The P19-billion question

Published November 20, 2020, 11:20 PM

by Tonyo Cruz

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Tonyo Cruz
Tonyo Cruz

The 2021 budget for President Duterte’s anti-communist task force, known as NTF-ECLAC, is P19 billion, which some say is only a tiny fraction of the P4.5-trillion total national budget for next year.

Many would argue it is a total waste of taxpayer money and clearly a non-productive expense. Public finance analysts would also add that the amount is prone to corruption, abuse and misuse.

The amount is not small, really.

For instance, the P19-billion NTF-ECLAC is bigger than the P15-billion Philhealth scam.

It is nearly twice bigger than the P10-billion budget for COVID19 testing.

It is almost eight times bigger than the initial P2.5-billion budget for COVID vaccines. The health department estimates that P20 billion would be needed to vaccinate 20 percent of the population. The government claims there’s no money for that, but there’s money for NTF-ECLAC.

It also dwarfs the P4.8-billion budget for the DOH Health Facilities Enhancement Program. (The government reduced the budget for this health expenditure. Its 2020 budget was P8.4-billion.) The NTF-ECLAC seems more important than improving health facilities.

The P19-billion NTF-ECLAC budget could buy entry-level laptops for all senior high school students. The same amount could provide laptops to all the nearly 900,000 teachers and teaching personnel under DepEd. Secretary Leonor Briones tells parents, students, and teachers to fend for themselves, but there’s P19-billion for NTF-ECLAC.

Phivolcs suffered a budget cut of P133-million, that would have gone to new stations and equipment. But NTF-ECLAC got 142 times that amount.

Our weather bureau, PAGASA, suffered a whopping P1-billion budget cut for 2021. And yet the government, including Congress, has no qualms giving P19-billion for NTF-ECLAC.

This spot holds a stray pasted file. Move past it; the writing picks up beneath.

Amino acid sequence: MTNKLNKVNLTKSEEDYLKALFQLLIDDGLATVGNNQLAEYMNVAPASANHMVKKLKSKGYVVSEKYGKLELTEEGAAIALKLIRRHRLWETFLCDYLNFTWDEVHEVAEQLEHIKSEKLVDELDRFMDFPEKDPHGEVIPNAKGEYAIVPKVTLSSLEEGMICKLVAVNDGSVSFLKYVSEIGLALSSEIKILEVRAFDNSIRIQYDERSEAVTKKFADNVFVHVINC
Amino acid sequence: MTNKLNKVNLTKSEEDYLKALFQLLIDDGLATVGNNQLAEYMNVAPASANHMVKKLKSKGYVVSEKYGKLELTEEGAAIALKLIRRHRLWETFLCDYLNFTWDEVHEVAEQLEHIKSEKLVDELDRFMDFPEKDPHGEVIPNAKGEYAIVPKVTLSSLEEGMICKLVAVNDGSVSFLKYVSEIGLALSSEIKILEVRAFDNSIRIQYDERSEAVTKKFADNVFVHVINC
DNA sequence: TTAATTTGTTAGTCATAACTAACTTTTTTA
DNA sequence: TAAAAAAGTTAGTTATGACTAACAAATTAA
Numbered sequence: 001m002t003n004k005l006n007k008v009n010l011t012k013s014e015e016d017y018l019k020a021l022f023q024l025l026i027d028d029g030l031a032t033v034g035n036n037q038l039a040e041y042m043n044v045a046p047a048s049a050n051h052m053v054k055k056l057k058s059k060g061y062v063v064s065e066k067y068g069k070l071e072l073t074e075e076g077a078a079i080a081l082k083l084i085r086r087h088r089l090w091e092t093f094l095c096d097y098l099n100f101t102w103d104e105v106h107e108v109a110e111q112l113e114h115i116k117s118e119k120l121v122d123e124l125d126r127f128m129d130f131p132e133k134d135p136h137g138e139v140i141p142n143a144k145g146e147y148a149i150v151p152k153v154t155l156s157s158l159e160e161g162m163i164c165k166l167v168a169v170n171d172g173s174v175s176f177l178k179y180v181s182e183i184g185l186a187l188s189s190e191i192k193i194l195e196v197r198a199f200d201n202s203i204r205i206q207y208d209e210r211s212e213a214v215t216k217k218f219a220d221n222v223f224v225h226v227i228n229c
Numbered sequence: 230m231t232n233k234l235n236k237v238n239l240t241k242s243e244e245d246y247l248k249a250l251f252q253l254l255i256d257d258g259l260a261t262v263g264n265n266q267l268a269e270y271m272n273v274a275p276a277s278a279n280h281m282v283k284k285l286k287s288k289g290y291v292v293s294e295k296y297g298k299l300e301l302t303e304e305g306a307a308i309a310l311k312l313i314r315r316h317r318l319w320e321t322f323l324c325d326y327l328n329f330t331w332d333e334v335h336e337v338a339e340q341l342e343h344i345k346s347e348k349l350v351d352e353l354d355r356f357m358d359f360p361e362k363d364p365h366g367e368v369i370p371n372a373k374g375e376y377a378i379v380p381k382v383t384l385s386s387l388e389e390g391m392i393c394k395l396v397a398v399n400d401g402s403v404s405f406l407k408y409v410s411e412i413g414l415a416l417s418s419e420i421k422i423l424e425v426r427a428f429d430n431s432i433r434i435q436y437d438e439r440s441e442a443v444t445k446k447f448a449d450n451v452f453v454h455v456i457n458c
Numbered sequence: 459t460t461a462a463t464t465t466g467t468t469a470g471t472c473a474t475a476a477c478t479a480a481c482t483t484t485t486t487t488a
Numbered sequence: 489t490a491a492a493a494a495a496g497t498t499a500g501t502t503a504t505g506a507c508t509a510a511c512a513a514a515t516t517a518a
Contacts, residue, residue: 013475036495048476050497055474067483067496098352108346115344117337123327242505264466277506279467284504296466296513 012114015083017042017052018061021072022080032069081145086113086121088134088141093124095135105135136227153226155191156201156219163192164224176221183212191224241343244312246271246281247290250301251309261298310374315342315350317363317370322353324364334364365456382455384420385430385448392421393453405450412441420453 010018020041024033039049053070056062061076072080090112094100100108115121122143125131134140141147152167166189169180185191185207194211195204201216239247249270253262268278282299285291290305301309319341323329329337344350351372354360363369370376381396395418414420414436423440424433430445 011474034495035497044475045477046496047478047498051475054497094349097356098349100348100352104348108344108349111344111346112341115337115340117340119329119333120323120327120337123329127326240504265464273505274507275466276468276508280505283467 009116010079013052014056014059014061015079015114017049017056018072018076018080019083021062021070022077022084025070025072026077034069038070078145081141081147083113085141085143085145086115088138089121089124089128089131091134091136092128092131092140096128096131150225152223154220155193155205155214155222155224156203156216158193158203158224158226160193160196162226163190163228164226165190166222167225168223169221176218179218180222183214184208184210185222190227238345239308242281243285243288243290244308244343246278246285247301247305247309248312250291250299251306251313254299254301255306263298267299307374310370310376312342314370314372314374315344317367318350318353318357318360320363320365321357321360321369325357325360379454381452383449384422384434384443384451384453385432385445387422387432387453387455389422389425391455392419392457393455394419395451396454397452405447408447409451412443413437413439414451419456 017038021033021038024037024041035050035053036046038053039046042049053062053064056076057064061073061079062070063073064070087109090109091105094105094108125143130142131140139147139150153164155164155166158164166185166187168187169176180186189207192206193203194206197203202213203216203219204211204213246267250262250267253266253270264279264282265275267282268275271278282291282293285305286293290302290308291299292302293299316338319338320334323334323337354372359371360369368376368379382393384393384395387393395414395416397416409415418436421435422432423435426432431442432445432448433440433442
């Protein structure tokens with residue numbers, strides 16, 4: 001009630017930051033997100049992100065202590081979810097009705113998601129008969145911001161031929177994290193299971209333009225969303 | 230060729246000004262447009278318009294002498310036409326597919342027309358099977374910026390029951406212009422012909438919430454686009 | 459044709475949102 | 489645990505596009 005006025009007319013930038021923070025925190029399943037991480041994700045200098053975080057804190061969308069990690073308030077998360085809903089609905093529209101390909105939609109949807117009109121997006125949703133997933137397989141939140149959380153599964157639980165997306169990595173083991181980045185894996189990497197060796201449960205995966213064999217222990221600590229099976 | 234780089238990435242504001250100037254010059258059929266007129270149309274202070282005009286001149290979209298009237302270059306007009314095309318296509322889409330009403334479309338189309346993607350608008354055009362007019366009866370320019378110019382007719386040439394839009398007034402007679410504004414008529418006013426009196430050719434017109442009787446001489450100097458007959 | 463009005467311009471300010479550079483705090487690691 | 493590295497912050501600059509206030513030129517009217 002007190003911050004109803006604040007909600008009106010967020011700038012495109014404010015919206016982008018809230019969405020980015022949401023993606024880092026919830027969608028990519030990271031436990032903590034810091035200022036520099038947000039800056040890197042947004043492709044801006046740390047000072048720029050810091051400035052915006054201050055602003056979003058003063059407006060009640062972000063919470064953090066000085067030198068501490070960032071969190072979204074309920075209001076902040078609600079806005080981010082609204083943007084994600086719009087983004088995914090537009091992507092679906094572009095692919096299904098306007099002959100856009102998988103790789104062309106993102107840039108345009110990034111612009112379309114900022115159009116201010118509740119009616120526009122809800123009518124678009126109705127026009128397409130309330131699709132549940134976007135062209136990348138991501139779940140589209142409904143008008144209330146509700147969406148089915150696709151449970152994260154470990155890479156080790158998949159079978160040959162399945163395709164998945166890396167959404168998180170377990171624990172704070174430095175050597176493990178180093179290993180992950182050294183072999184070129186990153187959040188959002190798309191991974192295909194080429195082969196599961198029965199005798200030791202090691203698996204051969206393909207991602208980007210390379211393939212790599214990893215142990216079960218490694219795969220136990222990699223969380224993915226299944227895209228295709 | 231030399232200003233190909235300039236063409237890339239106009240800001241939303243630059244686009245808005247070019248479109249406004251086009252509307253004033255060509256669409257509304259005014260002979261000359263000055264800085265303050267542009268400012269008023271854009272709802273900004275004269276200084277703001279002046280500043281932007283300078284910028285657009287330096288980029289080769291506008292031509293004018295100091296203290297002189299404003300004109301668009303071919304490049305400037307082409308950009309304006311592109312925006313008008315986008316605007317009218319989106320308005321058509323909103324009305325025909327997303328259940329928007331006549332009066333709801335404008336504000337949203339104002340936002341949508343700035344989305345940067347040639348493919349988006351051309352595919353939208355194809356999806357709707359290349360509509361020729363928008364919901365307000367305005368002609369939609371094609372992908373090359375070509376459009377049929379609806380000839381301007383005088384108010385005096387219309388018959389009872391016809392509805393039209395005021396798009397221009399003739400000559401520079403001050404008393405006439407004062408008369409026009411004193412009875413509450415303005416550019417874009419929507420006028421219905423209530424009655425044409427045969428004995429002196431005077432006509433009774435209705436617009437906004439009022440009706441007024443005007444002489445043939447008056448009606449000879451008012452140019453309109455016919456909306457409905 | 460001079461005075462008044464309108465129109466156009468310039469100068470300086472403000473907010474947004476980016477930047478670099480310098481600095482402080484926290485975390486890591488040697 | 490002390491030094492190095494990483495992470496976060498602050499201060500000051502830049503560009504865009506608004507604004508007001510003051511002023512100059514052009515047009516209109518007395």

In fact, the total 2020 budget for the Department of Science and Technology was P20.1 billion. Compare that with the NTF-ECLAC’s P19-billion.

NTF-ECLAC’s P19-billion budget is bigger than the P16-billion allocation for the National Disaster Risk Reduction and Management Council for 2020. Responding to the devastation of typhoons, earthquakes, and volcanic eruptions seems to be less important, compared to red-baiting and red-tagging.

We could go on, but I’m sure the point has been made.

The allotment of P19-billion for NTF-ECLAC is truly unconscionable, in the face of many more important matters like health, education, science, and disaster response.

It is also a gross waste of precious public funds

For example, NTF-ECLAC’s so-called legal offensives against lawmakers, activists, and others it has branded as “communist fronts” have all failed. Just recently, the Supreme Court and the Justice Department dismissed two of these taxpayer-funded red-tagging cases for lack of merit and lack of evidence.

The NTF-ECLACs European tour, led by Gen. Antonio Parlade and Undersecretary Lorraine Badoy, was a dud. The European Union Parliament ignored the duo and instead adopted a resolution denouncing the human rights record of the Duterte administration and calling for an end to extrajudicial killings.

Another instance of waste by way are the amazing “mass surrenders” of alleged New People’s Army rebels, paraded regularly by the NTF-ECLAC and the Armed Forces of the Philippines. The total number of “surrenderees” claimed by the NTF-ECLAC and the AFP has exceeded their own estimates of the NPA’s armed strength.

One thing could explain this: money. The NTF-ECLAC and the AFP oversee a massive reward system for both the commanding officers who report surrenders, and for the “surrenderees” they present. Even the rewards supposedly going to “surrenderees” are in flux: some Army officers say P15,000. Some as high as P80,0000.

And out of the tens of thousands of these “surrenderees” who the NTF-ECLAC and the AFP claim to be real rebels, the government has not been able to produce a provincial or regional commander or Communist Party leader as a credible witness.

Congress should thus assert the “power of the purse” and take back the P19-billion from the NTF-ECLAC.

The country could immediately save and free up P19-billion for more productive and more important expenditures, by defunding the NTF-ECLAC. Instead, the government could go back to the negotiating table with the National Democratic Front of the Philippines. Not only will it save precious public funds; the talks would address the root causes of the armed conflict, and bind both the government and the NDFP to agreements on social and economic reforms, and constitutional and political reforms.

Defunding NTF-ECLAC should also mean abolishing it. Because instead of falsely targeting fellow Filipinos, the government should confront the biggest national security threat to the country – the Chinese incursions on Philippine sovereignty territory and domestic jobs.

 
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